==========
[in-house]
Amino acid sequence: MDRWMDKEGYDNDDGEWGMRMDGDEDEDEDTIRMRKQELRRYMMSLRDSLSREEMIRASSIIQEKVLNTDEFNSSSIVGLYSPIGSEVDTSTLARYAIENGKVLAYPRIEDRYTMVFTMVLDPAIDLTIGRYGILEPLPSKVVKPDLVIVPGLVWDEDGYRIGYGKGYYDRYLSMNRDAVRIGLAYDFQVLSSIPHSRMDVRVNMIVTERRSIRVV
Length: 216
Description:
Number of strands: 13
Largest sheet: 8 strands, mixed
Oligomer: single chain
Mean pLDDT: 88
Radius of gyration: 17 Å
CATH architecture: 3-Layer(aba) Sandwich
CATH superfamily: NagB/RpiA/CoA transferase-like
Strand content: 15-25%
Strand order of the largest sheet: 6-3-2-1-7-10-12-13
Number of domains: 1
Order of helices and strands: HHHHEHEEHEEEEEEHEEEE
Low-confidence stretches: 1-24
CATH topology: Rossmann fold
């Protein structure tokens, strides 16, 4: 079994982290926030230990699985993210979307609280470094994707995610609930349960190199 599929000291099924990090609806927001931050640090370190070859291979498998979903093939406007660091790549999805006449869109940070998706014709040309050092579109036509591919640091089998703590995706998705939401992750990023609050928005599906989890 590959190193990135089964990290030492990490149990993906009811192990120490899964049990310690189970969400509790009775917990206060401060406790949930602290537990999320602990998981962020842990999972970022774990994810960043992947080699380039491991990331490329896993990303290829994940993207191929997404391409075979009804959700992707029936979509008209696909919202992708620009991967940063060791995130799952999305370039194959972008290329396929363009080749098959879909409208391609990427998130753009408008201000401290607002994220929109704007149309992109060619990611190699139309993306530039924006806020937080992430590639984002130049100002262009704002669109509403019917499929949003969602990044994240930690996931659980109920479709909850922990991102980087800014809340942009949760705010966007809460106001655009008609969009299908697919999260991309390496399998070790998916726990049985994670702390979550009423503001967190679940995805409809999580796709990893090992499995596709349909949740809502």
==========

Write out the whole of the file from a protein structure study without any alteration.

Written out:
[in-house]
Amino acid sequence: MDRWMDKEGYDNDDGEWGMRMDGDEDEDEDTIRMRKQELRRYMMSLRDSLSREEMIRASSIIQEKVLNTDEFNSSSIVGLYSPIGSEVDTSTLARYAIENGKVLAYPRIEDRYTMVFTMVLDPAIDLTIGRYGILEPLPSKVVKPDLVIVPGLVWDEDGYRIGYGKGYYDRYLSMNRDAVRIGLAYDFQVLSSIPHSRMDVRVNMIVTERRSIRVV
Length: 216
Description:
Number of strands: 13
Largest sheet: 8 strands, mixed
Oligomer: single chain
Mean pLDDT: 88
Radius of gyration: 17 Å
CATH architecture: 3-Layer(aba) Sandwich
CATH superfamily: NagB/RpiA/CoA transferase-like
Strand content: 15-25%
Strand order of the largest sheet: 6-3-2-1-7-10-12-13
Number of domains: 1
Order of helices and strands: HHHHEHEEHEEEEEEHEEEE
Low-confidence stretches: 1-24
CATH topology: Rossmann fold
């Protein structure tokens, strides 16, 4: 079994982290926030230990699985993210979307609280470094994707995610609930349960190199 599929000291099924990090609806927001931050640090370190070859291979498998979903093939406007660091790549999805006449869109940070998706014709040309050092579109036509591919640091089998703590995706998705939401992750990023609050928005599906989890 590959190193990135089964990290030492990490149990993906009811192990120490899964049990310690189970969400509790009775917990206060401060406790949930602290537990999320602990998981962020842990999972970022774990994810960043992947080699380039491991990331490329896993990303290829994940993207191929997404391409075979009804959700992707029936979509008209696909919202992708620009991967940063060791995130799952999305370039194959972008290329396929363009080749098959879909409208391609990427998130753009408008201000401290607002994220929109704007149309992109060619990611190699139309993306530039924006806020937080992430590639984002130049100002262009704002669109509403019917499929949003969602990044994240930690996931659980109920479709909850922990991102980087800014809340942009949760705010966007809460106001655009008609969009299908697919999260991309390496399998070790998916726990049985994670702390979550009423503001967190679940995805409809999580796709990893090992499995596709349909949740809502």